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I have a few more photos, but not much more to write. Please let me know if you have any questions on the bike!

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bilwit
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Location: Seattle, WA

by bilwit

That is amazing. Just needs a disc wheel and trispoke to put it over the top :lol:

by Weenie


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Konsi
Posts: 139
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by Konsi

bilwit wrote:
Fri Mar 22, 2019 8:37 pm
That is amazing. Just needs a disc wheel and trispoke to put it over the top :lol:
My Aerospokes are on the tandem :D

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573
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Joined: Wed Sep 05, 2012 2:38 pm
Location: West Sussex, UK.

by 573

Amazing. 8)

Mr.Gib
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by Mr.Gib

Wierd and wonderful. Can't even imagine what the steering must feel like.
Sorry to hear about:
Konsi wrote:
Fri Mar 22, 2019 8:04 pm
blood in sperm/urine
FFS dude :shock: .
wheelsONfire wrote: When we ride disc brakes the whole deal of braking is just like a leaving a fart. It happens and then it's over. Nothing planned and nothing to get nervous for.

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Calnago
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by Calnago

Nice project... don’t see too much (or any) of that type of thing over here. Thanks for sharing. Wouldn’t be wanting to ride the Alps in/on it, but it would be awesome for doing what you’re doing with it, and from looking at your pics in On The Road Today, it seems like you’re using it for a lot more than just errands and stuff.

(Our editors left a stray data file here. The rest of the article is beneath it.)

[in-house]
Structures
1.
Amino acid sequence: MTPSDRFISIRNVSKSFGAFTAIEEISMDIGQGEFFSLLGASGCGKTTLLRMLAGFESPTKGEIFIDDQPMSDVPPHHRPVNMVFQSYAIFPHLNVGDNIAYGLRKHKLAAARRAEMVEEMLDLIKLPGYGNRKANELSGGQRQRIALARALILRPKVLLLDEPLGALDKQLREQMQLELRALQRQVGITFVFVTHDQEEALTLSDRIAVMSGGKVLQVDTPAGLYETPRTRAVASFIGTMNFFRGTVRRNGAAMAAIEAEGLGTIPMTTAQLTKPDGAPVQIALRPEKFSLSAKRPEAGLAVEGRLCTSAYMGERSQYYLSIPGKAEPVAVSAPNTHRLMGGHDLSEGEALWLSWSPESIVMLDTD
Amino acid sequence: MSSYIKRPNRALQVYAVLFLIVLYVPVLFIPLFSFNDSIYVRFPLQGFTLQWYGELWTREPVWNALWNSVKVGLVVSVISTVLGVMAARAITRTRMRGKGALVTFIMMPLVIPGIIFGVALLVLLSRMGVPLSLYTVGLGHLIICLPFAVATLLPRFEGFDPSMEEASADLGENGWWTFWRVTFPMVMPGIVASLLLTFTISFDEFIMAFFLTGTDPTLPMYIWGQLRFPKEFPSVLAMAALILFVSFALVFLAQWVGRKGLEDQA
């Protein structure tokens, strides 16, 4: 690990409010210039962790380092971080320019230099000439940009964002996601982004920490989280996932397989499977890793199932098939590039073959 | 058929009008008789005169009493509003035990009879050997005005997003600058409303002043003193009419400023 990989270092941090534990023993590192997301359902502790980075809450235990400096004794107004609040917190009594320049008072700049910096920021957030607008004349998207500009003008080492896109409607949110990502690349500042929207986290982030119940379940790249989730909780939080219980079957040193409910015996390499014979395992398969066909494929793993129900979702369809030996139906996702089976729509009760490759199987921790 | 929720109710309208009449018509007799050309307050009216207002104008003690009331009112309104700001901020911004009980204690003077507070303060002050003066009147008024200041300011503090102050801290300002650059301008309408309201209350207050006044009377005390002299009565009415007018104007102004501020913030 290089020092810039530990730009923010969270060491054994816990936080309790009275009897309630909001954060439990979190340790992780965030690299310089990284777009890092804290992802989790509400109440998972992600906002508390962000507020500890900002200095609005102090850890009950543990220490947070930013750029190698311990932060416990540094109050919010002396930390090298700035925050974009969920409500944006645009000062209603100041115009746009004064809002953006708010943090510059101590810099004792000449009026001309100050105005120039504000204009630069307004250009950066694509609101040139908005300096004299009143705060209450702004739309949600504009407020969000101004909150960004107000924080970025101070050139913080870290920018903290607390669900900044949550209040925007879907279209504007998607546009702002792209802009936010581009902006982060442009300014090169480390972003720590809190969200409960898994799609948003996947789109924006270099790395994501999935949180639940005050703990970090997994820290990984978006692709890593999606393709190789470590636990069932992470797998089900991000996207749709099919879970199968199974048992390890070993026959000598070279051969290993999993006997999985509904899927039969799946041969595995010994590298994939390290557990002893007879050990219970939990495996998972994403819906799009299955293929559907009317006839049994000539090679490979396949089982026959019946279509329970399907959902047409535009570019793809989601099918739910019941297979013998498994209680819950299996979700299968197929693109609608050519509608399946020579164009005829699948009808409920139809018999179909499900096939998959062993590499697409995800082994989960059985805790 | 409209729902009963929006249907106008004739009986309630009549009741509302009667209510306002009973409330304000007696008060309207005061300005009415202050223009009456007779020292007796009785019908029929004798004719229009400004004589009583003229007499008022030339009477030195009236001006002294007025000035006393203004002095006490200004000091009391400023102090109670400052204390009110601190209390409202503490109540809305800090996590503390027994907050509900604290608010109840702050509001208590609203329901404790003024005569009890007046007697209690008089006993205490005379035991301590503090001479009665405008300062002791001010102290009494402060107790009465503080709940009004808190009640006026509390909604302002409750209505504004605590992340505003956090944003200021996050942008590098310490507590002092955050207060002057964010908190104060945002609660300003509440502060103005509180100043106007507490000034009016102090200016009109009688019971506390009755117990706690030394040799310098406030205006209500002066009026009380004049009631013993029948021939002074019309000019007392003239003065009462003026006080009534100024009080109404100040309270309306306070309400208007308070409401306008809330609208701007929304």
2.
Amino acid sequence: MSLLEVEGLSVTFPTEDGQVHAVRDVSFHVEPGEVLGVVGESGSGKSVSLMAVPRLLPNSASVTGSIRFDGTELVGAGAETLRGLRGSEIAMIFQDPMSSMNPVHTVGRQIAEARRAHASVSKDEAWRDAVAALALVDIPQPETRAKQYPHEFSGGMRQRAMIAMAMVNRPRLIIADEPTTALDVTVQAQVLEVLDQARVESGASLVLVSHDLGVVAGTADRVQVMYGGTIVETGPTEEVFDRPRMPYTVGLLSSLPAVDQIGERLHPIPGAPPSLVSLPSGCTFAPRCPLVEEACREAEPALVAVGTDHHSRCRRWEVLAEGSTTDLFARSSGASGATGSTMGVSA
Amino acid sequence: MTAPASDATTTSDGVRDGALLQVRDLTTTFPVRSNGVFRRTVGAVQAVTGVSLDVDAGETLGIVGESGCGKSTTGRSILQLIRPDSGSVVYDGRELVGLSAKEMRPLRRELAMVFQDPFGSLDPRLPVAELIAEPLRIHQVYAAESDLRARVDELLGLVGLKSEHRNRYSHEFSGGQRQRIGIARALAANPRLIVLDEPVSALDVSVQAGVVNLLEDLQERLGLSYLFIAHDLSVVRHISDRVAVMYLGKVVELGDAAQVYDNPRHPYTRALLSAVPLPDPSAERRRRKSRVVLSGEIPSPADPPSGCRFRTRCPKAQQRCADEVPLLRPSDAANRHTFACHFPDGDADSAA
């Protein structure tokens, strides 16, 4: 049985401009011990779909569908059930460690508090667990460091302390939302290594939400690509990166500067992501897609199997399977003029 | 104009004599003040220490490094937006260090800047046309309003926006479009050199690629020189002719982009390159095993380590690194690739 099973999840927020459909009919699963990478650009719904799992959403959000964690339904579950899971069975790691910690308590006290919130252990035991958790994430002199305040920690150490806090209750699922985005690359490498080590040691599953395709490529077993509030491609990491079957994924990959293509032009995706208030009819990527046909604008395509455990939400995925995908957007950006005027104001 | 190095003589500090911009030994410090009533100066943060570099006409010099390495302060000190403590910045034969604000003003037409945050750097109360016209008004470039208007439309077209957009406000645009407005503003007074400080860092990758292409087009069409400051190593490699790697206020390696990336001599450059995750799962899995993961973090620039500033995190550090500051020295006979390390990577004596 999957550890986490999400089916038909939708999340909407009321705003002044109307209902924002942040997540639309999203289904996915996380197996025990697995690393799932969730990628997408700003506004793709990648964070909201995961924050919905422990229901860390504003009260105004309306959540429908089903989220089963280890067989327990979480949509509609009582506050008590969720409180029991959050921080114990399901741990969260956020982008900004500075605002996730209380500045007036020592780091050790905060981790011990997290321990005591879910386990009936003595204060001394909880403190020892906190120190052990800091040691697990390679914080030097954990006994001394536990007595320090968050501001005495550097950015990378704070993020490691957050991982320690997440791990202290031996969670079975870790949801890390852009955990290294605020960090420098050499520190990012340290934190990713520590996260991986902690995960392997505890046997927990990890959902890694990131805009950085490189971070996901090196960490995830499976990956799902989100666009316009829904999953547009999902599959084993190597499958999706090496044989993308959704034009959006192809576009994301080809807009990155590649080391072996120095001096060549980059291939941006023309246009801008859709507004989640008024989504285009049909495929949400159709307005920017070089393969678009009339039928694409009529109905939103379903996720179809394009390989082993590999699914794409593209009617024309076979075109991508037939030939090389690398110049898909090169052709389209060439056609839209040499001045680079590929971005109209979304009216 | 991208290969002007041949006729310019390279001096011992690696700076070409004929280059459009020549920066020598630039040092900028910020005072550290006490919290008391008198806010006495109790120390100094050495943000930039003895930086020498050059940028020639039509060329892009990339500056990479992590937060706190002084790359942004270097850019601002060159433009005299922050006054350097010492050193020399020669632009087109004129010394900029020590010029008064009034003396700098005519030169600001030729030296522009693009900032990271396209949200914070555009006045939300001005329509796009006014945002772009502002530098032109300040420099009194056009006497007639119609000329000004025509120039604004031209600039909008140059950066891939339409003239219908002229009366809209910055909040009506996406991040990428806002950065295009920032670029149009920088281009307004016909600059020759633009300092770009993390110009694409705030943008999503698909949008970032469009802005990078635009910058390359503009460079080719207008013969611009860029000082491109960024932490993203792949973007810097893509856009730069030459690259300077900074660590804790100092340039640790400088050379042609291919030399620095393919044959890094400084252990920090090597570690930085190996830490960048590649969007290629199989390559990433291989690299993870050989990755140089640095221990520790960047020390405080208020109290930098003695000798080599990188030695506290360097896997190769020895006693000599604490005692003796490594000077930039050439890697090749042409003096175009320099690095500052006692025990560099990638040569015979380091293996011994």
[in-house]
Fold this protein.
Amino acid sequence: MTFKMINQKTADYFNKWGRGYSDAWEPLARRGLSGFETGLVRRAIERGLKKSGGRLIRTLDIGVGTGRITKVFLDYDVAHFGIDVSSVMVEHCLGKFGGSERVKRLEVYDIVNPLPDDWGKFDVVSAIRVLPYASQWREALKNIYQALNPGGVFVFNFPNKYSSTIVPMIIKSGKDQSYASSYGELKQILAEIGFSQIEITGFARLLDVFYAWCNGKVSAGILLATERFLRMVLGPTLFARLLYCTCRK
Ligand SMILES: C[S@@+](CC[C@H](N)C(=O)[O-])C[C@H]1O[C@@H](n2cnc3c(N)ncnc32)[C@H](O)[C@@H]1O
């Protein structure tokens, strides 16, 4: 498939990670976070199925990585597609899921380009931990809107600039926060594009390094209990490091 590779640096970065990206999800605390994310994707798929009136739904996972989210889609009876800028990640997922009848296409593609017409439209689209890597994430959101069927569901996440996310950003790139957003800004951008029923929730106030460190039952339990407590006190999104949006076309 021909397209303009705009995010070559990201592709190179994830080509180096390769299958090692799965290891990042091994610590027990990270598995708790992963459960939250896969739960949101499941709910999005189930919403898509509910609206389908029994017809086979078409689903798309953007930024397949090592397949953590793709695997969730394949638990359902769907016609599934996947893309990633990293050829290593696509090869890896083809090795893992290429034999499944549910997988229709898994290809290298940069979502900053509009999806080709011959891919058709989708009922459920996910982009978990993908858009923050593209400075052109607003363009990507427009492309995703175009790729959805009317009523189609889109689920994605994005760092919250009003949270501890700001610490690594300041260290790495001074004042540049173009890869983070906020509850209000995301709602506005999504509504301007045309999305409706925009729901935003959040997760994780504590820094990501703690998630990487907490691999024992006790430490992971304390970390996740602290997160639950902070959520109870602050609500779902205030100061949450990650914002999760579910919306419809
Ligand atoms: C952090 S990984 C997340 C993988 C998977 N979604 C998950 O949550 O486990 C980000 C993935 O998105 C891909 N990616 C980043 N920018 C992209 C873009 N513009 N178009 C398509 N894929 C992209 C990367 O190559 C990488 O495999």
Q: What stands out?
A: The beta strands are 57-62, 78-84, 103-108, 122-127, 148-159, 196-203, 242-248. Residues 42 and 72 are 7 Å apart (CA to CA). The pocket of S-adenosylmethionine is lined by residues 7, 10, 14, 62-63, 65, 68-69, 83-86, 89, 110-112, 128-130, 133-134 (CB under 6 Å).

Colnago C64 - The Naked Build; Colnago C60 - PR99; Trek Koppenberg - Where Emonda and Domane Meet;
Unlinked Builds (searchable): Colnago C59 - 5 Years Later; Trek Emonda SL Campagnolo SR; Special Colnago EPQ

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Konsi
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by Konsi

Calnago wrote:
Sun Mar 24, 2019 8:06 pm
Nice project... don’t see too much (or any) of that type of thing over here. Thanks for sharing. Wouldn’t be wanting to ride the Alps in/on it, but it would be awesome for doing what you’re doing with it, and from looking at your pics in On The Road Today, it seems like you’re using it for a lot more than just errands and stuff.
At the moment it is my most-used bicycle. For the Tandem I lack a partner, my commuter is getting old and frail, and the new road bike is not close to being ready. I don’t always take photos when I am out (or put every little ride on Strava), so if it ends up here, it is likely a more sportive ride. But it is always a lot of fun!
AB98BCEA-2DB7-44A1-8022-6F8858E73807.jpeg
I have ridden up a Tour de France category 1 climb with it already, several other passes (but above 1500m height difference in a ride it starts to hurt a little), and I am considering to try Alpe d’Huez with it.

ultyguy
Posts: 2376
Joined: Fri Aug 06, 2010 1:35 pm
Location: Geneva

by ultyguy

Amazing, love it! I was considering one for carting the kids to school but probably not with the level of mods you’ve got going on!